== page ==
We have some internal Coded UI tests for a solution that we have been running manually periodically as part of our development work. We were challenged to try and automate this process so that we could more reliably report of issues for with our UI. We found this a little difficult as there seemed to be many steps to get it up and running and documentation was scattered in different places. Our starting point was that we use Visual Studio 2015 as our main development tool. The code for our solution is checked into TFS on-prem and GitHub.
So, here's some steps that we took to try and get Coded UI or functional testing working with our solution.
Create your initial coded UI tests using Visual Studio.
The step is to create your UI tests. In our case, around 20 tests had already been written with Selenium in our solution and have been run manually to check they work.
Create your initial coded UI tests using Visual Studio. In this case, around 20 tests are written with Selenium and have been run manually to check they work.
Create a script to tear down, drop and recreate databases
Create a TFS build with the following steps:
Steps we added to the build are as follows:
- Powershell Step to run script that drops and recreate databases
- Step that builds the Visual solution that contains the source code with the Coded UI tests
- Copy Files Step that copies file (*\bin\$(BuildConfiguration)*) from $(build.sourcesdirectory) to $(build.artifactstagingdirectory)
- Copy Files Step that copies the assembly that contains the Coded UI tests to the target test machines that will run the Coded UI tests
- Powershell Script step that runs a script that removes the legal notice that will interfere with Coded UI tests
- Deploy Test Agent step that installs Microsoft Visual Studio Test Agent 2013 onto the target test machines Run Functional Tests step that actually executes the Coded UI tests.
Ensure Deploy TestAgent step has correct options
As can be seen from this image the following key options are selected:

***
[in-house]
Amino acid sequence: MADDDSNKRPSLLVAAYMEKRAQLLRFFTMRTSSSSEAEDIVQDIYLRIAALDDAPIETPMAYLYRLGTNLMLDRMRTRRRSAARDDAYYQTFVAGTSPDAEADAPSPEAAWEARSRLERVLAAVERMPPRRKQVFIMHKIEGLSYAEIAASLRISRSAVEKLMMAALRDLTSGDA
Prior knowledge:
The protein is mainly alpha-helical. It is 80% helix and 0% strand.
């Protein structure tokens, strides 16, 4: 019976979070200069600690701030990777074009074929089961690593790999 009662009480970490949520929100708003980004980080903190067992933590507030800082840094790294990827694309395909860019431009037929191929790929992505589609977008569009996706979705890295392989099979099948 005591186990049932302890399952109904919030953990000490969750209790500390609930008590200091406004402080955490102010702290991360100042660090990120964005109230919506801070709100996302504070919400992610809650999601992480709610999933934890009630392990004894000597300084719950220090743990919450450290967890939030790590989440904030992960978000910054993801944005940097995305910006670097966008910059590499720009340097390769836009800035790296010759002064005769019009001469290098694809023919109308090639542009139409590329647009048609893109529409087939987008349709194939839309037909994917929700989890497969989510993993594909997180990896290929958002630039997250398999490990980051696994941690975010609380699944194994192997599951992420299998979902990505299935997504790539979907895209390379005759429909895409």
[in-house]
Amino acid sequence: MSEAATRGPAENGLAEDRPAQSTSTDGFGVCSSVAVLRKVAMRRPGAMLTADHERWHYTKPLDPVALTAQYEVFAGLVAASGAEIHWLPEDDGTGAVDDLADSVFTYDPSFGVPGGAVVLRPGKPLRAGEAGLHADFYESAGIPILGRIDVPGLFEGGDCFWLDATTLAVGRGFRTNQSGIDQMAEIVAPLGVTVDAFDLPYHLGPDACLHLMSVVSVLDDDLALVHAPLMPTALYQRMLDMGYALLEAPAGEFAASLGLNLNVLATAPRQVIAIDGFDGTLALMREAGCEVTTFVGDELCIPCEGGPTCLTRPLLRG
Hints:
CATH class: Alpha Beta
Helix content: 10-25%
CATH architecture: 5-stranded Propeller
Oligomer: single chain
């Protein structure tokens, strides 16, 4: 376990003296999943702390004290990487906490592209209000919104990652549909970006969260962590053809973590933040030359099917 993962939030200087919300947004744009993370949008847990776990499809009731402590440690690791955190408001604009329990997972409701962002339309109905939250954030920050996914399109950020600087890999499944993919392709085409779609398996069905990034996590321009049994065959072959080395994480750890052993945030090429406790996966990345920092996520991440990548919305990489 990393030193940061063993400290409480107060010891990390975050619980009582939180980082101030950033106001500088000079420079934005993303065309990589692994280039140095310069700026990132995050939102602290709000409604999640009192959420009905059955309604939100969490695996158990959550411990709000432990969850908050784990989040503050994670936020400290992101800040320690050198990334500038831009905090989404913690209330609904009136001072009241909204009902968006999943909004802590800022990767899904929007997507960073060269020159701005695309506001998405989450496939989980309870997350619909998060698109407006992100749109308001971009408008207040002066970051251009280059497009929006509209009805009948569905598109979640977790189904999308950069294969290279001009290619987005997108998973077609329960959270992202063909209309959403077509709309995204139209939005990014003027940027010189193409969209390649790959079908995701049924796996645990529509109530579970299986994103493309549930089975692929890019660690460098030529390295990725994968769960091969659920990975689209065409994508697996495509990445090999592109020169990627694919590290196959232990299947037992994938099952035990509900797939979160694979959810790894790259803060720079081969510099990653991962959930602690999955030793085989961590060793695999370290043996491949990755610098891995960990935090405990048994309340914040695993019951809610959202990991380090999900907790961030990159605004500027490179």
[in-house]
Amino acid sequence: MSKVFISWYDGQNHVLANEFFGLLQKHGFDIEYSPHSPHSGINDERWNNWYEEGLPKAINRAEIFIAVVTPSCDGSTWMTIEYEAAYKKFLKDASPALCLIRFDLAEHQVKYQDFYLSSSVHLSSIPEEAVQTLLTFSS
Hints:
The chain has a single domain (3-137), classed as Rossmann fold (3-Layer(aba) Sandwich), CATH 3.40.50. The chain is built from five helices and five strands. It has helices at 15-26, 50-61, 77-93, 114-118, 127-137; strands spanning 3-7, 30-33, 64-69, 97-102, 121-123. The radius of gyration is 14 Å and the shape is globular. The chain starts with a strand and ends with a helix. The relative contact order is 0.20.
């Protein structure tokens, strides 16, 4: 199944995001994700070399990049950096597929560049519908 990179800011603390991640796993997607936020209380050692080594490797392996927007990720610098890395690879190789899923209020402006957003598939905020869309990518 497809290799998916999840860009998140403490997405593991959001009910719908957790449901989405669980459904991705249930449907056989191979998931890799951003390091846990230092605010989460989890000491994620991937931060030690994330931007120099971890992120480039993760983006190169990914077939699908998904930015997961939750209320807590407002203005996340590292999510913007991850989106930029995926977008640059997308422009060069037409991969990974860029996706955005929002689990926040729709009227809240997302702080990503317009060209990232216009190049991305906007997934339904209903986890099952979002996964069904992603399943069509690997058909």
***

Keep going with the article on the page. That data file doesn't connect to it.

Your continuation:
- Protocol HTTP. We found that the HTTPS option resulted in some errors during the deployment process. If you are using an on-prem edition of TFS that is on the same internal network as you test machines, HTTPS is not required. We have set the step to us HTTP as it's simpler and less error prone. Obviously, if you are using VSTS, this is required. some further investigation is required.
- Ensure Interactive Process is checked. This is so that the TestAgent deployment logs in with the required account and has access to the desktop. Here's some more information
Problems with legal notices
A legal notice is a start up message that is displayed as a reminder or any important message every time users login to a Windows computer. it is not always set, but if it is, it is configured in the registry. It tends to be set within organisations by Active Directory Group Policy using the Group Policy Editor for the domain. The group policy/registry changes end up adding values to this location in machine registry.
When the test agent runs the Coded UI tests, it needs to login to the machine and accesses the desktop with the configured user. It doesn't know however, how to deal with the legal notice that appears immediately after it logs in. The simplest solution we found is to remove the notice on the test machine. We use a remote PowerShell script that essentially removes the registry keys. This step is incorporated into the TFS build. There is no risk to anything else happening on the machine/domain as the test user created to run Coded-UI tests and developers are the only people who login to that machine. Here's some more information if you'd like to use Powershell to resolve this issue.
I found this link useful. Microsoft VSTS Tasks Github Rep
Disclaimer please consult with your risk and/or security teams if applicable (or think very carefully) before removing the legal notice. Making changes to the registry is obviously fraught with danger and reader need to ensure they know what they are doing before making such changes.
Here's another slightly different approach - autologon
Have a look at this post.
Which version of the test agent should be installed?